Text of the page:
Rob Driscoll, ECA Director of Legal and Business, looks at the ways in which the electrical industry will need to plot a course to overcome the difficulties that we’re currently facing.
During the pandemic, the word ‘unprecedented’ was deployed regularly to describe the events and challenges before us. This autumn/winter, it seems that ‘turbulence’ has been getting similar billing. Back on 23 September, former Chancellor of the Exchequer, Kwasi Kwarteng delivered his fiscal statement – the now infamous ‘mini budget’.
Of course, we now know that not only was it Kwasi Kwarteng’s first but remarkably, also his last fiscal statement. When the mini budget was announced, some economists called it the ‘biggest political roll of the dice in decades.’ Rather abruptly we were reminded, lest anyone had forgotten, that the key markets are highly averse to big, unfunded surprises.
As we moved through October we saw the installation of a new Chancellor, U-turns on virtually every signature mini budget proposal that wasn’t already going through Parliament, and a PM’s resignation. There is still, of course, the prospect of further important changes in the weeks and months ahead, under new PM, Rishi Sunak.
It’s worth noting that while ECA generally welcomed the business-related interventions in September’s mini budget, we were critical of the initial proposal to reverse the recent IR35 reforms. This was because many Member businesses tell us that they really do not need see-sawing business policies, and even less so when they have invested in the policy change already. Astonishingly, by mid-October we all learned that the IR35 reforms will stay after all.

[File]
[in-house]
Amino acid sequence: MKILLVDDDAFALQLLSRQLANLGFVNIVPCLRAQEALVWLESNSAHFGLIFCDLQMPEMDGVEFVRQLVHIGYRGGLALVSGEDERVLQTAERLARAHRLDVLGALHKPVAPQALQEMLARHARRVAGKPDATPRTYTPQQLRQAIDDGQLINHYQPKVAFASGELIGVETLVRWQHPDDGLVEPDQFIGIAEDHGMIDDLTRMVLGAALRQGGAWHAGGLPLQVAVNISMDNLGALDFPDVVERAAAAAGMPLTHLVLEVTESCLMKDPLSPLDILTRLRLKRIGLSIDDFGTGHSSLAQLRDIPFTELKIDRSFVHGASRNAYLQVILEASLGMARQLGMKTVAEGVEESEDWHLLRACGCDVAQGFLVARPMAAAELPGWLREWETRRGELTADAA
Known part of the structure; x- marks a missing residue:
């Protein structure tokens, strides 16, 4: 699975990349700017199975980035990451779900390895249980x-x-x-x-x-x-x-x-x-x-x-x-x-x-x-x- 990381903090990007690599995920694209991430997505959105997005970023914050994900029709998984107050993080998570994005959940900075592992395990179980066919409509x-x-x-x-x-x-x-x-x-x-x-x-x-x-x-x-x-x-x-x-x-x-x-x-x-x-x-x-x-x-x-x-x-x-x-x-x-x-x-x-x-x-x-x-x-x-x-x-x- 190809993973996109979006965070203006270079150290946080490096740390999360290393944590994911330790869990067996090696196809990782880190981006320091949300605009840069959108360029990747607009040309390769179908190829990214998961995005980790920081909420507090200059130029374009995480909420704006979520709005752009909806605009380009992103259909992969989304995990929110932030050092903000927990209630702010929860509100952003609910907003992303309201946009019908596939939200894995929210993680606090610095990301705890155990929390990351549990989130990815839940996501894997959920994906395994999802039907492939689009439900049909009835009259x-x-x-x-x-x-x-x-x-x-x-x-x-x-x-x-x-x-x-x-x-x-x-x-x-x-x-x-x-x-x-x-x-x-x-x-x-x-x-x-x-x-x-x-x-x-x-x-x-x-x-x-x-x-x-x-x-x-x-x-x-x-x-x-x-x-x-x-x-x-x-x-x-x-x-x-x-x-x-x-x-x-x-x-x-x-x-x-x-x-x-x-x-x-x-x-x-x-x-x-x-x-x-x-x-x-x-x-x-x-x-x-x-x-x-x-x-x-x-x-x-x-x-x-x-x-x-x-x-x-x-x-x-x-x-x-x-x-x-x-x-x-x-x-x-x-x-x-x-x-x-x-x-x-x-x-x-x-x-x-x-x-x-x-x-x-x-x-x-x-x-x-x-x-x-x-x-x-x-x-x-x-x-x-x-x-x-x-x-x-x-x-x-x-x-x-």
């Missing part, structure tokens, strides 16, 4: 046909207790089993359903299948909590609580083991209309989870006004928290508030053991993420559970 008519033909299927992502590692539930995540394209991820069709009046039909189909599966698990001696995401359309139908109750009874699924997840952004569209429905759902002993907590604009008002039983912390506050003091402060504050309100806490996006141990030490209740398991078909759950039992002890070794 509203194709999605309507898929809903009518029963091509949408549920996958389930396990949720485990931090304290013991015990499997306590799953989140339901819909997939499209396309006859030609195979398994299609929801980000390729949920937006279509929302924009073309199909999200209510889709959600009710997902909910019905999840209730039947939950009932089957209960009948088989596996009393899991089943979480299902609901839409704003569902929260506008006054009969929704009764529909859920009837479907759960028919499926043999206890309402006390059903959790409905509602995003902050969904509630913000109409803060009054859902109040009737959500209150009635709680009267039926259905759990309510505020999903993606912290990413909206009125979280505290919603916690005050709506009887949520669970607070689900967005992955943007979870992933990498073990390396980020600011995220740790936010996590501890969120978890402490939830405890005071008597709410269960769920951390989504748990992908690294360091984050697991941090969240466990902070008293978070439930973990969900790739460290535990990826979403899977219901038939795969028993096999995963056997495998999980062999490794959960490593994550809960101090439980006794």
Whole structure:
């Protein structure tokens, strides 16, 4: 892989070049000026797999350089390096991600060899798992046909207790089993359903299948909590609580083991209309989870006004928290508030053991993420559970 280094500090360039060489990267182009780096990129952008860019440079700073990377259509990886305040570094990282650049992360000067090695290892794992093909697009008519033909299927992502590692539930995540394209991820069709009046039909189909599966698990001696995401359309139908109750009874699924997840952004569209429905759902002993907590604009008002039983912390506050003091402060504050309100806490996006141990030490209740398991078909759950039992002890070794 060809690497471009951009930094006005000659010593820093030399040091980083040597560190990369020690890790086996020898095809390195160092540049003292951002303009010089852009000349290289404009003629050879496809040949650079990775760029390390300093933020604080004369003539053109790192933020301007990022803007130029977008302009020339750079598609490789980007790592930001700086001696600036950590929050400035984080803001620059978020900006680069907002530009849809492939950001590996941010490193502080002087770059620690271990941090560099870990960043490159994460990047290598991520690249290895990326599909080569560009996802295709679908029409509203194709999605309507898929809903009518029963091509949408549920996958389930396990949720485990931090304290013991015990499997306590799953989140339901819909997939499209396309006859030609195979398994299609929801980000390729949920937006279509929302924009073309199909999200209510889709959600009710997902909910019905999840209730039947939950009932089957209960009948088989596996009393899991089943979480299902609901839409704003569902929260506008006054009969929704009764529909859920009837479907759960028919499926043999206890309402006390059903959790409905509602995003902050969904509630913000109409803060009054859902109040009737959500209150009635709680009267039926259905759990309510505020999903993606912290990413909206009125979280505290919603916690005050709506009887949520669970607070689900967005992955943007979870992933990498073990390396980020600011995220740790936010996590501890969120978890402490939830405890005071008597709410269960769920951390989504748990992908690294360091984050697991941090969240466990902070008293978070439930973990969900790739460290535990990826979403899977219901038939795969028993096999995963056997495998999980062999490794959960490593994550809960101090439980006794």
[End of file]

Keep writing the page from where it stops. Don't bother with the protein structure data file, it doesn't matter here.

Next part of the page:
Elsewhere in what else remains of the mini budget – at least for now – ECA supports bringing onshore wind consents and planning ‘in line with other infrastructure to allow easier deployment in England’. Even so, recent government smoke signals about making it harder to deploy solar on hitherto PV-suitable farmland were not encouraging for those advocating clean energy.
Remarkably, PV installers found an unexpected ally in former Business Secretary, Jacob Rees Mogg, who apparently rejected telling farmers what they can and cannot do with their land. But continual political, policy and economic turbulence is only the backdrop to the day-to-day reality of conducting an engineering services business, of whatever size.
But as we know, our industry is also faced with persistent and underlying business and supply chain challenges. ECA Members tell us they are very concerned about the long-term outlook, as businesses struggle with rising costs, and with recruiting skilled labour.
Ongoing inflationary pressure
Over the past 12 months inflation in the engineering services marketplace was caused mainly by demand exceeding pre-pandemic levels. The sector worked hard to recover from the impact of the pandemic and to meet customer needs. However, global pressures are now firmly behind UK and international inflation.
While the pound moves around in periods of financial uncertainty, a sustained depreciation would further increase many material prices in a sector that has already experienced well over 20% price inflation.